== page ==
12. @Mystical I think you are correct. To define the word "religion" as representing a wide varieties of views as if they are all the same is a failure to do "religions" justice. If there can be what is essentially an atheistic Buddhism as over against Islam, Hinduism, Animisim, Confuscianism, then religion is used as too broad a term. Atheism has to combat each religion and persons who find and adherence to a variety of religions must also face the fact that there are a variety of atheisms.

    @John I think that if one is going to disagree with another's point of view that one needs to encounter what the other has to say about him/her self. I realize that many religious people, particularly in the West see the terms "natural" and "supernatural" as adequate to describe particular acts of the divine I think these are relatively new terms birthed by Modernism (although I would agree that one can find their origins in Aristotelian thought). Following a more Dutch Calvinist tradition I don't think such a dichotomy to be an adequate description of God. God is involved in all. One cannot split the works of God into natural and super natural unless one seeks to define one's religion along the lines of those who seek to determine what religion is from their point of view. There rather the acts of God that we see as more frequent and those acts that are less frequent. To make a separation between natural and unnatural is to take a semideist position, suggesting that most of the time God is the watchmaker who made the universe and lets it go on it's own but then intrudes in nature occasionally to act against the way God normally act. From a Christian (or maybe Dutch Calinist) viewpoint this fails to describe God's action in the universe my accepting Modernist terms to describe how the religious think.

    An example: When a particular star goes Nova this, while it looks like a natural act is actually God acting. Similarly when someone has terminal cancer and the cancer goes away that too is God acting.

  13. Since my last comment I have read further in Dennett's book. One of the things that has helped religion to survive is that it has developed many strategies for not allowing itself to be defined (which allows it to be free from critical evaluation). For example, "God" becomes very slippery, meaning nearly anything.

    When I read your last comment, Bob, I recognized that you have adapted to that technique well! : )

    The postulation of invisible, undetectable effects that (unlike atoms and germs) are systematically immune to confirmation or disconfirmation is so common in religions that such effects are sometimes taken as definitive. No religion lacks them, anything that them is not really a religion, however much it is like religion in other regards.

    I think this would probably remove UUs from Dennett's religion list and perhaps some progressive Christians. I don't know enough about Buddhists (I understand the vast majority are like Christians who believe in divine beings and in other things that cannot be disproven).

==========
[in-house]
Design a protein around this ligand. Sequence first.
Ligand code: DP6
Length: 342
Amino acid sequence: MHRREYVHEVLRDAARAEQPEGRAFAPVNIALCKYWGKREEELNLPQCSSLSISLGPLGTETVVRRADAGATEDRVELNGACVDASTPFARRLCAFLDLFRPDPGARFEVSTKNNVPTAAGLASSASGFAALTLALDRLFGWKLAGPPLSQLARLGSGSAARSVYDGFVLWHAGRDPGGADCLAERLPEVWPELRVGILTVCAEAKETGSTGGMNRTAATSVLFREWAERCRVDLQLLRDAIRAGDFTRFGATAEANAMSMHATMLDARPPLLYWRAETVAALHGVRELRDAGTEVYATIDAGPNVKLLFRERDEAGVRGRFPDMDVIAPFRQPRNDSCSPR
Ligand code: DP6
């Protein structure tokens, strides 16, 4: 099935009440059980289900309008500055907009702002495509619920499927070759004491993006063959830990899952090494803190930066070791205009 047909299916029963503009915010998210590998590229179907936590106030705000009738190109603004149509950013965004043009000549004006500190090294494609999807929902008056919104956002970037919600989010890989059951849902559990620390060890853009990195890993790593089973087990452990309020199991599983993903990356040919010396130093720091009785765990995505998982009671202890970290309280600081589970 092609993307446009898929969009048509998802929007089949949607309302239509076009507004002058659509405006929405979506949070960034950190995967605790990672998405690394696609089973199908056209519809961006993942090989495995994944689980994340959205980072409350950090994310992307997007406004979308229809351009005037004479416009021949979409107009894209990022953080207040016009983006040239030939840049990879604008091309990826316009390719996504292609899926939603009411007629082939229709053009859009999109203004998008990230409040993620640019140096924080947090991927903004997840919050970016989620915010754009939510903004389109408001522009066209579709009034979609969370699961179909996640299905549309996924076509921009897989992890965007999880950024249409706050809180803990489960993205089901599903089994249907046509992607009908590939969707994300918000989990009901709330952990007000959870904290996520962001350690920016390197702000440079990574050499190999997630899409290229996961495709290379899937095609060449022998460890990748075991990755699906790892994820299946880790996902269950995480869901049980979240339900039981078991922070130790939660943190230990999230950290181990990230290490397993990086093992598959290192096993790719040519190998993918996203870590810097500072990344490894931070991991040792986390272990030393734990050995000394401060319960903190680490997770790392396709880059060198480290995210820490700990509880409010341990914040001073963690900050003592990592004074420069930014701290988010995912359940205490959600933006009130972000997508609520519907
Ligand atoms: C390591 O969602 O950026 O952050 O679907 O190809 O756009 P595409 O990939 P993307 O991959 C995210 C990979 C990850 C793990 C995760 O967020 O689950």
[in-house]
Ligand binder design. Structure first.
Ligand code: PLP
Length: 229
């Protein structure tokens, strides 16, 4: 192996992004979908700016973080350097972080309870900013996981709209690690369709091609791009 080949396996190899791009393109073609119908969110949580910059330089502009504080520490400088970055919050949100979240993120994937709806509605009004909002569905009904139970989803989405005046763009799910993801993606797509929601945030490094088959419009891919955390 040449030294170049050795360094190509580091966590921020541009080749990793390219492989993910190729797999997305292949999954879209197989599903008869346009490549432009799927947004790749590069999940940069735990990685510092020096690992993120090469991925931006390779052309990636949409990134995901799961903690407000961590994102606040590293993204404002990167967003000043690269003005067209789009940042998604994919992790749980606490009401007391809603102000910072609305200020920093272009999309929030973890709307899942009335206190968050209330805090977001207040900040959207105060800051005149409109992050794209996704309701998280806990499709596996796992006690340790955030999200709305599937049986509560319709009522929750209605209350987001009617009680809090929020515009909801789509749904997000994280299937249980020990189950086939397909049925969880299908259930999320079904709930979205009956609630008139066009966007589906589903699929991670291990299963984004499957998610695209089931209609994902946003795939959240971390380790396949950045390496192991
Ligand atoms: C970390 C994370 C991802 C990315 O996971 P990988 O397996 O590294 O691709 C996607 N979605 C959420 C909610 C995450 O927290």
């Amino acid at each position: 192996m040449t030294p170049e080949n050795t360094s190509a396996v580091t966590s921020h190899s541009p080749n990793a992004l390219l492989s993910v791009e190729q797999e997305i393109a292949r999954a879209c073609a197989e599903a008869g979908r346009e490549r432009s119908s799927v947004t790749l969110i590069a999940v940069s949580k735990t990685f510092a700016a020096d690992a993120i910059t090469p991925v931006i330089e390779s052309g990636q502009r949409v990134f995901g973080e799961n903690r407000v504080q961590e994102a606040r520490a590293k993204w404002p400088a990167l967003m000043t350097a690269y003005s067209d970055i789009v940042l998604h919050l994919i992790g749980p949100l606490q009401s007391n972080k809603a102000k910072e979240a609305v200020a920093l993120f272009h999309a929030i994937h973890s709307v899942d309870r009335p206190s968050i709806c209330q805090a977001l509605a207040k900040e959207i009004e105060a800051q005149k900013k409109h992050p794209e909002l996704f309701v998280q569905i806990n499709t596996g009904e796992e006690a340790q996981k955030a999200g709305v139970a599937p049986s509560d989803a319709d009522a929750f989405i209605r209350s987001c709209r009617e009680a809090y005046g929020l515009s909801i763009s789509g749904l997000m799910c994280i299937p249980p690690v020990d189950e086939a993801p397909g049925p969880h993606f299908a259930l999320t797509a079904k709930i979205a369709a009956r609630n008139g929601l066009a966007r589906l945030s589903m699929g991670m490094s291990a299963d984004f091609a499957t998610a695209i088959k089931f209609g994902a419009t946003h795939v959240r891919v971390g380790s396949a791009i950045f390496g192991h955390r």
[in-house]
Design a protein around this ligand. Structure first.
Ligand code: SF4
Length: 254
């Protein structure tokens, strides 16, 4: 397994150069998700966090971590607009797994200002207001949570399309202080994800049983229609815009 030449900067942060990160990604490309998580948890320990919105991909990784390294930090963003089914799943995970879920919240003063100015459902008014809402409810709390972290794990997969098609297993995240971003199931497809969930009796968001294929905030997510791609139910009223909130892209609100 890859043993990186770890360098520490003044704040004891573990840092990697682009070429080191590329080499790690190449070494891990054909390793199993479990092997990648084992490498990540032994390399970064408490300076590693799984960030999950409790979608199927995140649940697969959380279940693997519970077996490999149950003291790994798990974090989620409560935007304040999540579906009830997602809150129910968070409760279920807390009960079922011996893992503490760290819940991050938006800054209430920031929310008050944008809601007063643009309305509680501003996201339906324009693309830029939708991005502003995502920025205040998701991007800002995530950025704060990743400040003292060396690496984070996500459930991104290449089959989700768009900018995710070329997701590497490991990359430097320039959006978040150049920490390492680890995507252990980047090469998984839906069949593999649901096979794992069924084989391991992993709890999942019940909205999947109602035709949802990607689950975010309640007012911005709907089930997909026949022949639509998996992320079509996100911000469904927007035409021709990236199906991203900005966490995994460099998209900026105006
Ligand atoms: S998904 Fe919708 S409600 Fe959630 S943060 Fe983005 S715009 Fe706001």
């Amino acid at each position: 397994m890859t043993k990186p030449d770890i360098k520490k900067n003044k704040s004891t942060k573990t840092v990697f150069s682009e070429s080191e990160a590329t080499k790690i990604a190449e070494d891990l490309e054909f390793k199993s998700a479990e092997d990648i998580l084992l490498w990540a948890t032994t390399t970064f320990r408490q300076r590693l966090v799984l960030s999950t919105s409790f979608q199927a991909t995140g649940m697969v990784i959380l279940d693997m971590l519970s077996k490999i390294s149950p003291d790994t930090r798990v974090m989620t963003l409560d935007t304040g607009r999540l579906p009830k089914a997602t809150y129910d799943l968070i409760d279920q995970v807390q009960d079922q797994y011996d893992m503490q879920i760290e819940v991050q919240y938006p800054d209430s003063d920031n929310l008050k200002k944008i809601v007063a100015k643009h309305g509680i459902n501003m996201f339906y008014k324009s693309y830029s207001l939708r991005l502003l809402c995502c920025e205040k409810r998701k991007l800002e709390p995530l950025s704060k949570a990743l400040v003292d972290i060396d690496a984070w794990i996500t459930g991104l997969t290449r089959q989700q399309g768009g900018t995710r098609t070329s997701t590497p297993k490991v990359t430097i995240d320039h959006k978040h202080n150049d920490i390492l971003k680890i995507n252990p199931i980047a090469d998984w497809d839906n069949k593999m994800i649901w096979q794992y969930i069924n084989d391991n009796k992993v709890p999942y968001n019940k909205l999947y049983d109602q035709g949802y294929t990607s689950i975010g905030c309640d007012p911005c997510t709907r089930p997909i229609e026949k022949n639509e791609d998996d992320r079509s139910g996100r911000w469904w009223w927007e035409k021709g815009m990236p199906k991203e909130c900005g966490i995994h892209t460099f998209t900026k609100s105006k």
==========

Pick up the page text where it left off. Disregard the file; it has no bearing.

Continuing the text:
14. The italicized was a quote from Dennett, p. 164.

  15. IN 2004 BBC produced "The Athesim Tapes" in which Jonathan Miller interviewed several scholars, including Daniel Dennett. In the interview with Colin McGinn (viewable here: the topic turns to the value of church and religion, with the notion that both can be helpful to accomplish good. (we know all too well that the institutions and institutionalized belief can be harmful). Still, the tape is worth the 27 minutes it takes to view it, if you're interested in the topic.

  16. Let me try that quote from Dennett again with all the words this time:

    The postulation of invisible, undetectable effects that (unlike atoms and germs) are systematically immune to confirmation or disconfirmation is so common in religions that such effects are sometimes taken as definitive. No religion lacks them, anything that lacks them is not really a religion, however much it is like religion in other regards.

  17. Thanks David!

    I am enjoying the video links. Without having seen the video, I would still like to offer my response to the question of religion's value.

    I think that religion will only ultimately be valuable (or at least neutral) when it allows itself to be evaluated critically.

    Its superstitions are not simply benign and cute. These superstitions lead to destructive behavior not only in regards to knowledge (ie. creationism) but in behavior towards others (ie. gays).

    I think it is important for people within the religions to evaluate their own beliefs.

  18. What is religion?
    I think Webster's says it best:
    "A system of beliefs held to with ardor."
    Dry, yes, but to the point.

  19. I wonder then, what "beliefs" are. Are they statements of value?

  20. Regardless of how we define religion (whether it includes assertions that cannot be disconfirmed or not), the larger question is what is to become of the church when it lets go of those assertions?

    That is where I think congregations need to go. No special pleading.

  21. David